The Reserve Bank has left interest rates on hold at a record low 1.5 per cent for the third straight month.
Rates last fell in August, when the bank elected to lower its cash rate target from 1.75 per cent to a fresh record low of 1.5 per cent.
The decision to stay on hold for November came as no surprise to economists, only five out of 60 of whom had expected rates to fall this month.
November has, in the past, been a favoured month for the RBA to move, with six consecutive Melbourne Cup Day rate changes between 2006 and 2011.
However, Cup Day rate moves appear to have gone out to long odds since, with the bank sitting pat for the fifth straight year.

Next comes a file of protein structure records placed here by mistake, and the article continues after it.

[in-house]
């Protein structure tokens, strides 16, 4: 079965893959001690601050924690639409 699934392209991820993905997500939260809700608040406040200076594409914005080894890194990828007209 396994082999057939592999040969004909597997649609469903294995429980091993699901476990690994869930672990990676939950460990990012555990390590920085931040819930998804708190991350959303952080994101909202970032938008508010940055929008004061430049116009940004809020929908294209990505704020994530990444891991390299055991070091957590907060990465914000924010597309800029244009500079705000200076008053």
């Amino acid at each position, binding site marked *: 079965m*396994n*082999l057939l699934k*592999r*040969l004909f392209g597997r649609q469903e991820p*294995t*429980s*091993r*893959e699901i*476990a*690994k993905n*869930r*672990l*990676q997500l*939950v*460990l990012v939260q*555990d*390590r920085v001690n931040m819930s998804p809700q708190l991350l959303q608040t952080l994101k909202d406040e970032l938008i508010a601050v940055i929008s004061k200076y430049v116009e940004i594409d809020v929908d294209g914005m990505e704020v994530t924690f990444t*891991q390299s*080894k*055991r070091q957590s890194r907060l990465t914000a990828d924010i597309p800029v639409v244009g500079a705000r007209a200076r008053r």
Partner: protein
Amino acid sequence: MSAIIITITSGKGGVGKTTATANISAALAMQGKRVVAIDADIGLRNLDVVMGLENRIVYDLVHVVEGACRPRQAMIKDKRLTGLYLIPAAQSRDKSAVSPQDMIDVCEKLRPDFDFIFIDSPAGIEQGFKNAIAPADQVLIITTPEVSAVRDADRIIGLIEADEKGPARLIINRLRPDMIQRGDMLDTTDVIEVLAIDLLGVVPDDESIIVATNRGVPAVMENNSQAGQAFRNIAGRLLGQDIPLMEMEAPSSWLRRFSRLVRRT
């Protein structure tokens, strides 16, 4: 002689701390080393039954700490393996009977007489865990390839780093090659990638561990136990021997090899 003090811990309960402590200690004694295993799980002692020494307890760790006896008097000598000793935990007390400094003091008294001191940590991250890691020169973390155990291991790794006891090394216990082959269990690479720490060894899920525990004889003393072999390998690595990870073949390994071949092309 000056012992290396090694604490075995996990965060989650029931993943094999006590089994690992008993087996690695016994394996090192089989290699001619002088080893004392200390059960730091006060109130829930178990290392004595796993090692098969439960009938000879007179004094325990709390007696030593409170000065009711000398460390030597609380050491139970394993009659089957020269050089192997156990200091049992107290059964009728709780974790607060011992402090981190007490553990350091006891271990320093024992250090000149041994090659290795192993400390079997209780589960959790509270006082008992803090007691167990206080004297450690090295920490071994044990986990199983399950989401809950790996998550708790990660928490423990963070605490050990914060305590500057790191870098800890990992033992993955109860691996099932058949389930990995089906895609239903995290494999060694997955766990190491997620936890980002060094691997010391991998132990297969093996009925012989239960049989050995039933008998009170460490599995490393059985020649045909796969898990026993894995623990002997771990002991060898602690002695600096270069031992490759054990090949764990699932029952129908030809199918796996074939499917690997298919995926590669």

It appears the housing market has returned to the forefront of the RBA’s thinking, after the bank had played down price growth in Sydney and Melbourne repeatedly over recent months.
“Turnover in the housing market and growth in lending for housing have slowed over the past year,” observed new RBA governor Philip Lowe in his post-meeting statement.
“The rate of increase in housing prices is also lower than it was a year ago, although prices in some markets have been rising briskly over the past few months.”
Dr Lowe also had a warning for property investors that this price growth is unlikely to be sustained.
“Considerable supply of apartments is scheduled to come on stream over the next couple of years, particularly in the eastern capital cities,” he noted, repeating consistent warnings from the RBA about the risk of a glut and price falls in some areas.
“Growth in rents is the slowest for some decades.”